Carbonate rocks represent important natural reservoirs of geofluids (e.g. mineral and hydrothermal waters, geothermic fluids, oil and gas) in which containment and migration are strongly influenced by the “fracturing” state of the rocky masses. According to several field-based research papers, fault zones exert a first order control on fluid flow and accumulation in the subsurface. In order to implement this information into predictive modeling tools, helpful to optimize the exploitation of oil reservoirs, it should be useful to integrate field-based data together with wells-based data (generally consisting of core and well logs analyses), usually employed by oil company workers for the formation evaluation. The present work aims at filling this cognitive gap by integrating field, core and well log data collected on a fault zone cropping out in a reservoir-analogue, located in the Roman Valley Quarry (Majella Mountain, Italy). The characterization of cores and geophysical data (from well logs) aims to: (i) perform a detailed structural analysis from well cores and optical scanner images data; (ii) calculate both matrix and fracture porosities of the collected cores; (iii) find the relationships among the measured porosities values and the geophysical logs; (iv) develop a method to discriminate, from well log data, the matrix porosity from fracture porosity. The comparison of well log, core and outcrop data of a fault zone crosscutting an analogue carbonate reservoir allow us to correlate the fracture characteristics with the geophysical properties. We also define some issues, and propose practical solutions, to compute the petrophysical parameters characterizing both matrix and fracture net pore volume in a carbonate rock.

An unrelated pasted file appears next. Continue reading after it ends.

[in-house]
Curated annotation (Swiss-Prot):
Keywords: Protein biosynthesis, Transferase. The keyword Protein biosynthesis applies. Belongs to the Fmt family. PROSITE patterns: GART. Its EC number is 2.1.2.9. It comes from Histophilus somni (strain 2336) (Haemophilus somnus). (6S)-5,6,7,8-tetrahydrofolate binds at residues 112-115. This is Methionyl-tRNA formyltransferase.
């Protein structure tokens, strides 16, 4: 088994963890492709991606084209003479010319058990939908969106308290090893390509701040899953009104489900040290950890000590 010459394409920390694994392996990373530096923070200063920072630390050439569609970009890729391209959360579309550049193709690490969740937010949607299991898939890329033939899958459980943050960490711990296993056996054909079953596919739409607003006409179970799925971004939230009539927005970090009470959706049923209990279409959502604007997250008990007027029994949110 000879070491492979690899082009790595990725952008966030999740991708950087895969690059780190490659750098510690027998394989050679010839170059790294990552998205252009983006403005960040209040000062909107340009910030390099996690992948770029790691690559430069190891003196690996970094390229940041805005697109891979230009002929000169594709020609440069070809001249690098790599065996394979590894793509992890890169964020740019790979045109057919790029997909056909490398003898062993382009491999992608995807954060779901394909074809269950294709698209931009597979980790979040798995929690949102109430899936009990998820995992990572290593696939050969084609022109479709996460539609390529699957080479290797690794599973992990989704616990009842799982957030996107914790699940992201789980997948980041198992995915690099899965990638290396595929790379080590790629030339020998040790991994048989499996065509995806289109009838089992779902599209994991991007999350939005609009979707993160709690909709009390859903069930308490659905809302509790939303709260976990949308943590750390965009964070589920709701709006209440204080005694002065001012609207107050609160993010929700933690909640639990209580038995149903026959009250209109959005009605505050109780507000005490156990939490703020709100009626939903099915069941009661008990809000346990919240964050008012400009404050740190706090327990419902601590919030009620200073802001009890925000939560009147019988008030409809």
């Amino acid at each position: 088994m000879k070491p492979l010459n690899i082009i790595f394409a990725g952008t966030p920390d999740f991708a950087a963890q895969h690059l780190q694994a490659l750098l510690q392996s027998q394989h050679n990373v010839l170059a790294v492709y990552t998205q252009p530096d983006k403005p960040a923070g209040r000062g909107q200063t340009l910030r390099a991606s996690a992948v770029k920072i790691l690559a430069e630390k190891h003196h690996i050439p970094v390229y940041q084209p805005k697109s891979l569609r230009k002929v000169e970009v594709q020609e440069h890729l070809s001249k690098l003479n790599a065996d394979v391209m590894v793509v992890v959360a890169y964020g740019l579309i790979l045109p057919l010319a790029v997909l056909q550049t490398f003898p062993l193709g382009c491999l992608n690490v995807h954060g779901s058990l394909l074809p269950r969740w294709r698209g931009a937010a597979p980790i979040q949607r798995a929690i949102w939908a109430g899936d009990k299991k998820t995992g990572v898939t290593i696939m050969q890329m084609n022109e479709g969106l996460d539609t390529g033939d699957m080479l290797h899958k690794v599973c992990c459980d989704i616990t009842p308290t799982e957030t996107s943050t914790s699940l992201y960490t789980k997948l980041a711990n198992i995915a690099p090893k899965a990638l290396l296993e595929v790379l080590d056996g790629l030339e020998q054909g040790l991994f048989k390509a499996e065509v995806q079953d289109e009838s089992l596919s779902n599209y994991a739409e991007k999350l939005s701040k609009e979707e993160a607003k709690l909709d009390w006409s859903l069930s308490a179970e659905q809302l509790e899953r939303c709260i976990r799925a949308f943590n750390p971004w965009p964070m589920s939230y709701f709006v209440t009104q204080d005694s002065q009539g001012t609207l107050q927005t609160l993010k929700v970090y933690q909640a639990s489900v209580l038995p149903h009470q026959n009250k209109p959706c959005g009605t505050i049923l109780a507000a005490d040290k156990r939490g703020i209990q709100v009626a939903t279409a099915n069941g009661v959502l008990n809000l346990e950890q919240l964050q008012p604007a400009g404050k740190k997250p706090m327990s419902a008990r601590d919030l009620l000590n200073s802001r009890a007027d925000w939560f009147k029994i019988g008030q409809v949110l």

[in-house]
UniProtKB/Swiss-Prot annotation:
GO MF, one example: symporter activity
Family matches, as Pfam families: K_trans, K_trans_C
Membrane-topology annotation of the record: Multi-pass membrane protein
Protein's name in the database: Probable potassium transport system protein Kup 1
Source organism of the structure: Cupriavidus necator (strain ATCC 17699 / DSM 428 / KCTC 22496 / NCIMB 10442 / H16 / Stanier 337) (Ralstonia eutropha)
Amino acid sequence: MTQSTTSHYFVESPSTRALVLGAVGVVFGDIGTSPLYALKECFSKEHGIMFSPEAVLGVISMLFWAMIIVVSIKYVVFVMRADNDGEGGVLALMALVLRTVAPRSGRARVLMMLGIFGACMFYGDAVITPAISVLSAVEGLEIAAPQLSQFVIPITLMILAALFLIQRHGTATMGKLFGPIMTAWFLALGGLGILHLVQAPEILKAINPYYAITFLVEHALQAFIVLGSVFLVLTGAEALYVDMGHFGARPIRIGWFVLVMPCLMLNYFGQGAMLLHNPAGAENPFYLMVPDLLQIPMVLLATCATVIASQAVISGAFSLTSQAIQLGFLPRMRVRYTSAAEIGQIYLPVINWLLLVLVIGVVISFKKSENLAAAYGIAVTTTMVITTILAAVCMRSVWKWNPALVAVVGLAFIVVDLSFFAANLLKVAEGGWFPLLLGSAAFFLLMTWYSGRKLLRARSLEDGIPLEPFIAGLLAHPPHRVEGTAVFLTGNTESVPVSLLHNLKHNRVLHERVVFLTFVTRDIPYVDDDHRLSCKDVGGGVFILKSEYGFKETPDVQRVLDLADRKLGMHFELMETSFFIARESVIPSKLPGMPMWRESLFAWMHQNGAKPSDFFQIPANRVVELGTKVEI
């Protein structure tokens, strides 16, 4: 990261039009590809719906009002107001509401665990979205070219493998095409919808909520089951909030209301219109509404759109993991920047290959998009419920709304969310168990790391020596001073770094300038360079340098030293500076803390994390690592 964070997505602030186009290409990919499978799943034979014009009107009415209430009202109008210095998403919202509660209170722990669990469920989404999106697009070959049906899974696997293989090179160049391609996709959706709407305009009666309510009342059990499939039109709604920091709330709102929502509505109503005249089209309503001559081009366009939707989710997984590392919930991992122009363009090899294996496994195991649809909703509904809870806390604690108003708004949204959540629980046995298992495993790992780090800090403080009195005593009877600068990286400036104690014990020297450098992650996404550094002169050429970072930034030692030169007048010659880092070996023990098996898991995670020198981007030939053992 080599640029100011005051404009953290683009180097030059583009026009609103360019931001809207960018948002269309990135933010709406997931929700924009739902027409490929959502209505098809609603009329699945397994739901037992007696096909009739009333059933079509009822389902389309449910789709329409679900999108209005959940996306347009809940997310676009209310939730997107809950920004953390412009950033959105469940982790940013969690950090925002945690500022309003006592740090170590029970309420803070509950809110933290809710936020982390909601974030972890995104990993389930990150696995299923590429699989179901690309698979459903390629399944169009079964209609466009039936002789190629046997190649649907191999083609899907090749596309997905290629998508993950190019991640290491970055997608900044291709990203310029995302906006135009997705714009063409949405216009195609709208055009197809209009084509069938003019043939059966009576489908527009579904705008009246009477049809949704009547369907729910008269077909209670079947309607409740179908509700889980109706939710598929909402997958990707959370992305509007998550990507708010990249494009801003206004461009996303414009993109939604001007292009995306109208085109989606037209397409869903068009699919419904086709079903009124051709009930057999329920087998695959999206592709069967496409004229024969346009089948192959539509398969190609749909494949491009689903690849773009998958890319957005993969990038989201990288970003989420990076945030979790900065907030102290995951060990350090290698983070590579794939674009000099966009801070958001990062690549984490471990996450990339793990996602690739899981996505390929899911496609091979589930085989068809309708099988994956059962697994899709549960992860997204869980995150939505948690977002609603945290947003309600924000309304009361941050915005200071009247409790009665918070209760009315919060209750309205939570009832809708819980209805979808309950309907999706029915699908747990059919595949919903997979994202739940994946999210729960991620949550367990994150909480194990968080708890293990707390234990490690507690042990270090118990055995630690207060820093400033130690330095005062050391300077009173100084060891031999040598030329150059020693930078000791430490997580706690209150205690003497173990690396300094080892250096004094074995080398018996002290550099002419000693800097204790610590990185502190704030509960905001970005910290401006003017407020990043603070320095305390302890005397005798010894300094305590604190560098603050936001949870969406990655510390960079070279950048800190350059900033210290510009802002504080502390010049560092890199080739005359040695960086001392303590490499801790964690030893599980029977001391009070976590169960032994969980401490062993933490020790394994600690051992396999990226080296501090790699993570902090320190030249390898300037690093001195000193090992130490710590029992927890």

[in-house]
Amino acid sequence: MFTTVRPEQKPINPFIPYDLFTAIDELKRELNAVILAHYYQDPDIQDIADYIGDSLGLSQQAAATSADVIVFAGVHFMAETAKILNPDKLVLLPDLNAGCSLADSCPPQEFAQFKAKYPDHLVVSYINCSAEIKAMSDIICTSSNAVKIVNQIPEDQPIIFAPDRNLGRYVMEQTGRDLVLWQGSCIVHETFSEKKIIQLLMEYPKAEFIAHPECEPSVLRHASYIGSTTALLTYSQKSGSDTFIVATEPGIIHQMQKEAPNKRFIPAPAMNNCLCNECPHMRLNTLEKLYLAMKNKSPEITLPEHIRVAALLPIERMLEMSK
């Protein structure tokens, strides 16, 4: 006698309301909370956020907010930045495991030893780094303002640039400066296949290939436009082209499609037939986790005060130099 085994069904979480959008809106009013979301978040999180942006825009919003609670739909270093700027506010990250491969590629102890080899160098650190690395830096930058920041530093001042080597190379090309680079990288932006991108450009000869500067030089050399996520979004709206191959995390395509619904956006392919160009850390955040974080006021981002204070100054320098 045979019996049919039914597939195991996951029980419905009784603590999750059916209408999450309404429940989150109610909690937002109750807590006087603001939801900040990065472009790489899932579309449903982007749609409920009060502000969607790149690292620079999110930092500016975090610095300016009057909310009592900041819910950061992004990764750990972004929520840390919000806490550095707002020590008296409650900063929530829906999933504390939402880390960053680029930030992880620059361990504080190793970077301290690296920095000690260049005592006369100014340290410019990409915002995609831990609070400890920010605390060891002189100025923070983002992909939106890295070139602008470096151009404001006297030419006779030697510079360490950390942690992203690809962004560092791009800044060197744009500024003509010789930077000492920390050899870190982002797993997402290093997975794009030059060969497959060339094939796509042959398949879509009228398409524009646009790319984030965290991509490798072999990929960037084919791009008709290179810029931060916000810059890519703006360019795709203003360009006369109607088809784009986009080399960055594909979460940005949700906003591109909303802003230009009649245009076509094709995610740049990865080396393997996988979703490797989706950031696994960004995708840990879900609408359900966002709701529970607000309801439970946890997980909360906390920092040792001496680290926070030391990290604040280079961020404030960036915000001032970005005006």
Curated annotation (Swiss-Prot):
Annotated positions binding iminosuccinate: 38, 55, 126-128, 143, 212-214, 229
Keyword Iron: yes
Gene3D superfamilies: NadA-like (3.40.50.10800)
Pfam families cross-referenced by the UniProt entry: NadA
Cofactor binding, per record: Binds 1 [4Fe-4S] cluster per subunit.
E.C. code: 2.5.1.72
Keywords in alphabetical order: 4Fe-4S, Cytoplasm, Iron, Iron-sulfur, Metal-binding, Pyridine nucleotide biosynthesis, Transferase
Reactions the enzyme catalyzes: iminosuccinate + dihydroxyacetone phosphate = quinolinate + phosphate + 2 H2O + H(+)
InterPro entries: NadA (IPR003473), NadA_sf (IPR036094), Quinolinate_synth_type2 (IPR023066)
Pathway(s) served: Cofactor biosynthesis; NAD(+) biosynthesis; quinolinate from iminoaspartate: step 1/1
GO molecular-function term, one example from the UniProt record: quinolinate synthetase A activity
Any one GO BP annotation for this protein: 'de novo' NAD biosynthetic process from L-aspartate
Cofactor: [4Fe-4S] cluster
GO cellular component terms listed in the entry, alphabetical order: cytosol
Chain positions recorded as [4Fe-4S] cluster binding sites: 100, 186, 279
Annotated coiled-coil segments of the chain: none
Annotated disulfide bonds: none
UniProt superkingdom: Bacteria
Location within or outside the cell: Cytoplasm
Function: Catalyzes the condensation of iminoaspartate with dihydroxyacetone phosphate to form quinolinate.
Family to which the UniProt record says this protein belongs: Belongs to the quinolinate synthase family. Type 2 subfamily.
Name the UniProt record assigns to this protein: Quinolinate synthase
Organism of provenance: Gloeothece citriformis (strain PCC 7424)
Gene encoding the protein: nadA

FAULT ZONE PROPERTIES IN THE ROMAN VALLEY QUARRY RESERVOIR ANALOGUE: INSIGHT FOR WELL LOGS, CORE AND FIELD DATA

CILONA, ANTONINO;TONDI, Emanuele;AGOSTA, FABRIZIO
2011

Abstract

Carbonate rocks represent important natural reservoirs of geofluids (e.g. mineral and hydrothermal waters, geothermic fluids, oil and gas) in which containment and migration are strongly influenced by the “fracturing” state of the rocky masses. According to several field-based research papers, fault zones exert a first order control on fluid flow and accumulation in the subsurface. In order to implement this information into predictive modeling tools, helpful to optimize the exploitation of oil reservoirs, it should be useful to integrate field-based data together with wells-based data (generally consisting of core and well logs analyses), usually employed by oil company workers for the formation evaluation. The present work aims at filling this cognitive gap by integrating field, core and well log data collected on a fault zone cropping out in a reservoir-analogue, located in the Roman Valley Quarry (Majella Mountain, Italy). The characterization of cores and geophysical data (from well logs) aims to: (i) perform a detailed structural analysis from well cores and optical scanner images data; (ii) calculate both matrix and fracture porosities of the collected cores; (iii) find the relationships among the measured porosities values and the geophysical logs; (iv) develop a method to discriminate, from well log data, the matrix porosity from fracture porosity. The comparison of well log, core and outcrop data of a fault zone crosscutting an analogue carbonate reservoir allow us to correlate the fracture characteristics with the geophysical properties. We also define some issues, and propose practical solutions, to compute the petrophysical parameters characterizing both matrix and fracture net pore volume in a carbonate rock.
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Utilizza questo identificativo per citare o creare un link a questo documento: http://hdl.handle.net/11581/368789
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